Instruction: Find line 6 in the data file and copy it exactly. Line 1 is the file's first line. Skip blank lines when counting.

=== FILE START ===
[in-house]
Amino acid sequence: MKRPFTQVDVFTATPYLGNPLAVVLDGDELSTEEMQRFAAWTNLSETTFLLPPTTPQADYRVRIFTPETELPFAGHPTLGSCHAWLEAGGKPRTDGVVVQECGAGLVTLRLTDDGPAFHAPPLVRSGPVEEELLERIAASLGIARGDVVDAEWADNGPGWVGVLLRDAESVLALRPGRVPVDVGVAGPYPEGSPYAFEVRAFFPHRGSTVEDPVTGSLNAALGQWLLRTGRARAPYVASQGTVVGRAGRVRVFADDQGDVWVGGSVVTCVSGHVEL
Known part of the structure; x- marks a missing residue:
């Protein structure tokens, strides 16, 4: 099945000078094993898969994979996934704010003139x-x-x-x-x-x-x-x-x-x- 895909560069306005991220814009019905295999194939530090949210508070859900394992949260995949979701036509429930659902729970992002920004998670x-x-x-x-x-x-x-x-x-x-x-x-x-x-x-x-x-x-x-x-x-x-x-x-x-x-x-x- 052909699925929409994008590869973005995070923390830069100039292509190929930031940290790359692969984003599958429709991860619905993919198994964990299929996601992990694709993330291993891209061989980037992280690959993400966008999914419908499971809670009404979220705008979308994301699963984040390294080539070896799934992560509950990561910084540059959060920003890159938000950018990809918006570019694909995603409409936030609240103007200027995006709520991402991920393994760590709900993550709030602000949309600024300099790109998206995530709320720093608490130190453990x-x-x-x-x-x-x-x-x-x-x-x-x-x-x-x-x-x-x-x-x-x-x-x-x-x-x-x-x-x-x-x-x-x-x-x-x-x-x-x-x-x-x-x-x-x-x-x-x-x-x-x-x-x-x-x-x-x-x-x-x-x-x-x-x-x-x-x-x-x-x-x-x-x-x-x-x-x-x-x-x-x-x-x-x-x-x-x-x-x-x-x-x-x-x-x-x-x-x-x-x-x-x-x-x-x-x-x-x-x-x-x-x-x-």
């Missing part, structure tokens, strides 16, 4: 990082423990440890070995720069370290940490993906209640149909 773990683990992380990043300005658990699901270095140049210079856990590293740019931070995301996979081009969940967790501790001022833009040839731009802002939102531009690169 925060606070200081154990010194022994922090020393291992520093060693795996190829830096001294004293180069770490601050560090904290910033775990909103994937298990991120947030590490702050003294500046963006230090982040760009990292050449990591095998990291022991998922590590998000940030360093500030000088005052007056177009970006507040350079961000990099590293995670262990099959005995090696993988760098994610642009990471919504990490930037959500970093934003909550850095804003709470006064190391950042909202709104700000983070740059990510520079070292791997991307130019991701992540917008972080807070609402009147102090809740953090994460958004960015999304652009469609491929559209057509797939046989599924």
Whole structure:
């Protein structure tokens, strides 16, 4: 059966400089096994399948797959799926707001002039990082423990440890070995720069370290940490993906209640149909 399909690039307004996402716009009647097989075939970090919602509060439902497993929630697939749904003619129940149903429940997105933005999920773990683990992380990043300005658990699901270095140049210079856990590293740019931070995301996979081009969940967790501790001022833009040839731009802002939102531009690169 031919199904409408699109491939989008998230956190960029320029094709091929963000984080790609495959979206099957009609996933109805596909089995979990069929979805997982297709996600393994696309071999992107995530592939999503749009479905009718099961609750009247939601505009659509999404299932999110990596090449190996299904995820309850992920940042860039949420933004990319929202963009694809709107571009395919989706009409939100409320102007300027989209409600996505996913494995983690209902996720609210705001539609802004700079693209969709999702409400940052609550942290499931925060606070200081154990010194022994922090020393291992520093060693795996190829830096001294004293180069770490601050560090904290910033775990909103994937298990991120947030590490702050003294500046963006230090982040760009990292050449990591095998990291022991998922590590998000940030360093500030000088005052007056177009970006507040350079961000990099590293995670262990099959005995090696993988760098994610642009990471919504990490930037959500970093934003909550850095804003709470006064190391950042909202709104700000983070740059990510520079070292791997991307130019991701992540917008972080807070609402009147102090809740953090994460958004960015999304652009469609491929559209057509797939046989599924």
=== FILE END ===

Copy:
Whole structure: